Stephan L. Thomsen thanks the Stifterverband für die Deutsche Wissenschaft (Claussen-Simon-Stiftung) for financial support. The data used in this publication were made available by the German Socio-Economic Panel Study (SOEP) at the German Institute for Economic Research (DIW), Berlin.
Right-Wing Extremism and the Well-Being of Immigrants
Article first published online: 17 OCT 2013
© 2013 John Wiley & Sons Ltd
Volume 66, Issue 4, pages 567–590, November 2013
How to Cite
Knabe, A., Rätzel, S. and Thomsen, S. L. (2013), Right-Wing Extremism and the Well-Being of Immigrants. Kyklos, 66: 567–590. doi: 10.1111/kykl.12037
- Issue published online: 17 OCT 2013
- Article first published online: 17 OCT 2013
- Stifterverband für die Deutsche Wissenschaft (Claussen-Simon-Stiftung)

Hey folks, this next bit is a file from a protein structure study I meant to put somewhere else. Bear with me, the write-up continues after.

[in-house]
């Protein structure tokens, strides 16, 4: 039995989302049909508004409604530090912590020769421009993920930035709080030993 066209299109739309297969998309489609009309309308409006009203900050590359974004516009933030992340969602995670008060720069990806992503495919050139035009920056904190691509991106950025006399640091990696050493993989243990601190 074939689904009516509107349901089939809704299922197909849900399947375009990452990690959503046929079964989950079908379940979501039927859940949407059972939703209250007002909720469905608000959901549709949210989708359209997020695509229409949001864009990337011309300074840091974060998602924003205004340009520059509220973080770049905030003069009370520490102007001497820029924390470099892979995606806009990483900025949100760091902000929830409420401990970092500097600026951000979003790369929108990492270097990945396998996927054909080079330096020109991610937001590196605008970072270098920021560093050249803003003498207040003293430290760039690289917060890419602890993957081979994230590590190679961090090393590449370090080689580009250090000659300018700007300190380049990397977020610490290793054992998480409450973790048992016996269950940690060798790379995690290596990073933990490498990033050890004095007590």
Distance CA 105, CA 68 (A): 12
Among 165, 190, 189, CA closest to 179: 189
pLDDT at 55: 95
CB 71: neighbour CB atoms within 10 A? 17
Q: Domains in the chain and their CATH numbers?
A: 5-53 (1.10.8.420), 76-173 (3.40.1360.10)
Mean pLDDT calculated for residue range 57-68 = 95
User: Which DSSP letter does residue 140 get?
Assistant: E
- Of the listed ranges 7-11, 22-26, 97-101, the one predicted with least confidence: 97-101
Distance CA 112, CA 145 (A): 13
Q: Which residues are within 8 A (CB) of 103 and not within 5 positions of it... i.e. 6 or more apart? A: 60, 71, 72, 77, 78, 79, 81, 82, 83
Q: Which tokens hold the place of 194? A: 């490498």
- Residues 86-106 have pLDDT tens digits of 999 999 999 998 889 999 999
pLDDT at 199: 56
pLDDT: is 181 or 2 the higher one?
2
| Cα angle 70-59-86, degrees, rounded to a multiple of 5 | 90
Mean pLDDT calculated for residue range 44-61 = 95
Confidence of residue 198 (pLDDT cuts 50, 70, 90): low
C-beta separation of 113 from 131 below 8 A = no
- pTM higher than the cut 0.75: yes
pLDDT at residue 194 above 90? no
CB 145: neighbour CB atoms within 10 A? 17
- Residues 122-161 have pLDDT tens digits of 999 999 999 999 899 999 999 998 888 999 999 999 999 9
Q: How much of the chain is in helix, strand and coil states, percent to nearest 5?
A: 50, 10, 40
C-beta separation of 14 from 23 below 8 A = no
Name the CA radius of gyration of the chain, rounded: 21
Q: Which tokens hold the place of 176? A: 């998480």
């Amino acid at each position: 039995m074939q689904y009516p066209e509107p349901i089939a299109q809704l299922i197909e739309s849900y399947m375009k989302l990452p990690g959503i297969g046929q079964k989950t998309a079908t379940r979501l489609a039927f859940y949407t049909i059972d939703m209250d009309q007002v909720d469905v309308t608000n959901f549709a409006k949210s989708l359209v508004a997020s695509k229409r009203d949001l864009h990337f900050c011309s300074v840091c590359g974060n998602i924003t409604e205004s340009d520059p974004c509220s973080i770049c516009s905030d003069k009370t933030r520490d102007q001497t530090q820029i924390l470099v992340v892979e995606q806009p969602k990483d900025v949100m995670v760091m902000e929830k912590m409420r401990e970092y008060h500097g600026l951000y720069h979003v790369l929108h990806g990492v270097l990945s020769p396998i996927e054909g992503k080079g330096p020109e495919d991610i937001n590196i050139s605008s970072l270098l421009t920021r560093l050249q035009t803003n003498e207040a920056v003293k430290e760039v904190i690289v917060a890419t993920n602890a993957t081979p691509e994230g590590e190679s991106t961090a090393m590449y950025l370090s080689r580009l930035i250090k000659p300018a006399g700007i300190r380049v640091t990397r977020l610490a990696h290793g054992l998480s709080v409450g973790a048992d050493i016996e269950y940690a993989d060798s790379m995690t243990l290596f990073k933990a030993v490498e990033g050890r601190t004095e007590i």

This study analyzes the effects of right-wing extremism on the well-being of immigrants based on data from the German Socio-Economic Panel (SOEP) for the years 1984 to 2006 merged with state-level information on election outcomes. The results show that the life satisfaction of immigrants is significantly reduced if right-wing extremism in the native-born population increases. Moreover, the life satisfaction of highly educated immigrants is affected more strongly than that of low-skilled immigrants. This supports the view that policies aimed at making immigration more attractive to the high-skilled have to include measures that reduce xenophobic attitudes in the native-born population.